Date of Award
Master of Science in Astronautical Engineering
Department of Aeronautics and Astronautics
William E. Wiesel, PhD
This study investigates the use of a linear quadratic terminal controller to reconfigure satellite formations using atmospheric drag actuated control while minimizing the loss of energy of the formation. The linearized Clohessy-Wiltshire equations of motion are used to describe the motion of the two-satellite formation about an empty reference position maintained at the formation center. Reconfigurations to final in-plane and elliptical formations are simulated at orbital radii of 6800 km and 7000 km, and the altitude loss and a ?v budget were recorded as performance measures for each reconfiguration. The final states of the spacecraft upon reconfiguration were propagated forward in time over 20 orbital periods to ensure the final conditions were achieved. Simulations proved that minimizing the loss of orbital energy effectively minimizes the loss in altitude, and drag actuated control is fully capable of controlling the radial and in-track motion of satellite formations, although the cross-track motion is uncontrollable.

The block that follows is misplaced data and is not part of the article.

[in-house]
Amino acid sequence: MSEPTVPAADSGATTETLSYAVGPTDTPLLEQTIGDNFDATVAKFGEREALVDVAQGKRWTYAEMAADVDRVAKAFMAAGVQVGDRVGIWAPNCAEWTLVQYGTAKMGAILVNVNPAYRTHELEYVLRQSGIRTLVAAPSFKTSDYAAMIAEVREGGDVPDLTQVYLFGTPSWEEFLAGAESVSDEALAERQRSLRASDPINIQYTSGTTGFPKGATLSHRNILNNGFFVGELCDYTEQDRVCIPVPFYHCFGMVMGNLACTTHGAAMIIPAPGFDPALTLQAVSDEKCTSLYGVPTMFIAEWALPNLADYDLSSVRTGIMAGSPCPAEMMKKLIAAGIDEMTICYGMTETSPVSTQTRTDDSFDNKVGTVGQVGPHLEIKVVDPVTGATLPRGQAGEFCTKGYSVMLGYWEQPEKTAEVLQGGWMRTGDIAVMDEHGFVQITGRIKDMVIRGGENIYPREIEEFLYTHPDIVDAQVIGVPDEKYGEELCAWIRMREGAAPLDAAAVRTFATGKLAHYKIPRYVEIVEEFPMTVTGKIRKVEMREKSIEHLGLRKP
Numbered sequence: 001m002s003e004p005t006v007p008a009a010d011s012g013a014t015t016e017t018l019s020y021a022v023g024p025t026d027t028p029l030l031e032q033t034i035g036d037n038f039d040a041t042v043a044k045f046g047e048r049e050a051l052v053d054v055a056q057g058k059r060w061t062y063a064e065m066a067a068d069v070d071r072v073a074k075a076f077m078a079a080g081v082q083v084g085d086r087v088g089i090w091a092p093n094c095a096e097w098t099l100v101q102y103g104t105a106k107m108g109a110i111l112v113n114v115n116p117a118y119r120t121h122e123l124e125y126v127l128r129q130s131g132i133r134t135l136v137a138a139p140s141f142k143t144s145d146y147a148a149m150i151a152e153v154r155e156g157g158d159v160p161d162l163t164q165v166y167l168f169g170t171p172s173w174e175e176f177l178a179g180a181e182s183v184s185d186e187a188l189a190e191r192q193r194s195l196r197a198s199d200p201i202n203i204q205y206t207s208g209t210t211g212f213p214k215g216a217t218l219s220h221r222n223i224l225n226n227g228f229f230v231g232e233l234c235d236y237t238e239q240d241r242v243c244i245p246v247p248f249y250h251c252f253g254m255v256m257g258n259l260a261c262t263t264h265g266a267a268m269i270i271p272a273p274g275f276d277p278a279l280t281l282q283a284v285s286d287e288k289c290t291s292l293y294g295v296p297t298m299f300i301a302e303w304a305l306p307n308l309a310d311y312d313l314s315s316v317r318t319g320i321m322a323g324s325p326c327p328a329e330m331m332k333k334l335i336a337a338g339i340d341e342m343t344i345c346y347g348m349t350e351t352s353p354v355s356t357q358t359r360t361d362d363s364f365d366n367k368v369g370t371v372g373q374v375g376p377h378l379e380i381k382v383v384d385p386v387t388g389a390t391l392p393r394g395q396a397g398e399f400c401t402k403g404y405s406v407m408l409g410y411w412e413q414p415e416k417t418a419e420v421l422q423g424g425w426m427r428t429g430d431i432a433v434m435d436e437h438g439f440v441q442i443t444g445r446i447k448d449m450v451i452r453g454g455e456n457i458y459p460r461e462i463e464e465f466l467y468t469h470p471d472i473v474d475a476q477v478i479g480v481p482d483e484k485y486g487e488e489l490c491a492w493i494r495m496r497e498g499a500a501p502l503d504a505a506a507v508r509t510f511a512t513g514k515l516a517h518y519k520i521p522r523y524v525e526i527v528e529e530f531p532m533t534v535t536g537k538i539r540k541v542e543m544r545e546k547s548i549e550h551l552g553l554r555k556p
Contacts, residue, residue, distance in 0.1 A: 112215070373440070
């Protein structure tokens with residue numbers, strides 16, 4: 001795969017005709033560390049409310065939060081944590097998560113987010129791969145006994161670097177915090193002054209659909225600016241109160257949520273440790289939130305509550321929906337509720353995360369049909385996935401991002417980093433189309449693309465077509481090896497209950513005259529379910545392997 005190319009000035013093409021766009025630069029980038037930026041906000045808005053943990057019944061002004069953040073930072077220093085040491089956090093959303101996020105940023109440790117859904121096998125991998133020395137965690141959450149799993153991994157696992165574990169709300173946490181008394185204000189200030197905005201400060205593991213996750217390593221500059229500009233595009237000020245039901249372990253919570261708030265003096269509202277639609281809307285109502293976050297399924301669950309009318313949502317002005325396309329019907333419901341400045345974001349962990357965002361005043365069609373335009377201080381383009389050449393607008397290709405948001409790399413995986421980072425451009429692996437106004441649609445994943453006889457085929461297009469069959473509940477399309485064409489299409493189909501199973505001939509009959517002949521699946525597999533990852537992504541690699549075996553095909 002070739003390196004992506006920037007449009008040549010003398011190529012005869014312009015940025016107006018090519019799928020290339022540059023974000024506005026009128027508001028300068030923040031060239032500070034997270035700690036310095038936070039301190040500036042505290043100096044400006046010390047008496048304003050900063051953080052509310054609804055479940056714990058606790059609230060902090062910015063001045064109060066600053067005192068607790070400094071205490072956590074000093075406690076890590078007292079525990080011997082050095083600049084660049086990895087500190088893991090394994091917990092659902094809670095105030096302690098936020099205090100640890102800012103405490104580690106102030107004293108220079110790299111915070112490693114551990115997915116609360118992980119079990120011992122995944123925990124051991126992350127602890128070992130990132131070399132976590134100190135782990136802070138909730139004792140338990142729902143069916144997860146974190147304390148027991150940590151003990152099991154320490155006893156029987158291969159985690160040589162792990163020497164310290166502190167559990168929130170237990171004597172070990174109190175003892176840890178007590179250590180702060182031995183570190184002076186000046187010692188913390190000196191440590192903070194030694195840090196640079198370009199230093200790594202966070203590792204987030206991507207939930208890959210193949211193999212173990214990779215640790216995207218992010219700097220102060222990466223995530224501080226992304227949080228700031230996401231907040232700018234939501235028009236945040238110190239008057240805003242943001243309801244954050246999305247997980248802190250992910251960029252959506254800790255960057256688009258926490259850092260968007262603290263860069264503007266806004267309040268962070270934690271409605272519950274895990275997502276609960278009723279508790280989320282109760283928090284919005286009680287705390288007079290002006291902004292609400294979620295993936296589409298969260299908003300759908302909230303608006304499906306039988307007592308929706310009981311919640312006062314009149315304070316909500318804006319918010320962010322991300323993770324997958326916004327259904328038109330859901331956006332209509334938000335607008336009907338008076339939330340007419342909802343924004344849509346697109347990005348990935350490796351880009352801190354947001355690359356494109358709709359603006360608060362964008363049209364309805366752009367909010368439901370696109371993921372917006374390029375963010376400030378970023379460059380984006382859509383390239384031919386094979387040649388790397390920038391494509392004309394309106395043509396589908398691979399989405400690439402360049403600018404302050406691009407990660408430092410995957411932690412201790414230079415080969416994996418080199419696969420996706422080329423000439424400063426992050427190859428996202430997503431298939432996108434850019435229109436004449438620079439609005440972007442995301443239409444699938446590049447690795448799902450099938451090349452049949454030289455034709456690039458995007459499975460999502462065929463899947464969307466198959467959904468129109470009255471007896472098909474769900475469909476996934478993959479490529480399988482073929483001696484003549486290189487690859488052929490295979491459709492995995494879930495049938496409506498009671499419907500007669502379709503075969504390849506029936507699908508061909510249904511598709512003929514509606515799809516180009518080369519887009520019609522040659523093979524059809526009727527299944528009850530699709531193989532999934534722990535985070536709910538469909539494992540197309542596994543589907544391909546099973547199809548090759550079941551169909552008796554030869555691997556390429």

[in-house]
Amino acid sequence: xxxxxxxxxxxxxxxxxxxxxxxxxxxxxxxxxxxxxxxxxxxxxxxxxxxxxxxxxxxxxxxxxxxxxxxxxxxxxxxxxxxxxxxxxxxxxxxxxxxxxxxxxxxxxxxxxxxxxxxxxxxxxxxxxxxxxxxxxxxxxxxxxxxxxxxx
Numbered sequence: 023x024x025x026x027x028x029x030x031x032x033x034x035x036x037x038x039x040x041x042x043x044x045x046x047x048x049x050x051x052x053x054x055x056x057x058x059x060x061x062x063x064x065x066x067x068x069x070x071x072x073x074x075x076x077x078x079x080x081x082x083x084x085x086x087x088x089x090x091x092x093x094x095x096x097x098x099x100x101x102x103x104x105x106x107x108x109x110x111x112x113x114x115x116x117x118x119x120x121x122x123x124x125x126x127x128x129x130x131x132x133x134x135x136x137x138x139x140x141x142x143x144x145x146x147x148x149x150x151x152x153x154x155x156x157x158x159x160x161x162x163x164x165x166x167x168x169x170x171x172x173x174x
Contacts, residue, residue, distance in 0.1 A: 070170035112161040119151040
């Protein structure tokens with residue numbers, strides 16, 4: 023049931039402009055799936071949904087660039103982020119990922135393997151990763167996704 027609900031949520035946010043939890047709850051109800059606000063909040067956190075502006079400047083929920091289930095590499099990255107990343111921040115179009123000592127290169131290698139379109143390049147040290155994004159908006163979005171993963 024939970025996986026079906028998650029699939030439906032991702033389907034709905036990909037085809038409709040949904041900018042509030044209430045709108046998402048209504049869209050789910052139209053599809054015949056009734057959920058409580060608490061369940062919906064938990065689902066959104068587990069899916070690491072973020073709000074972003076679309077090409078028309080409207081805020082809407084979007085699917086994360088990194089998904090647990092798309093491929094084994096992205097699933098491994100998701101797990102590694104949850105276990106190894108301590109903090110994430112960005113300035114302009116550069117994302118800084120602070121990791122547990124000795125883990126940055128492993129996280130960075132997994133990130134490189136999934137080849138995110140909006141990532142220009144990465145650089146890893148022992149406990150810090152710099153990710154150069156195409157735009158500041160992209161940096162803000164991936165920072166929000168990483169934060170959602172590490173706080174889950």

DTIC Accession Number
Hajovsky, Blake B., "Satellite Formation Control Using Atmospheric Drag" (2007). Theses and Dissertations. 2989.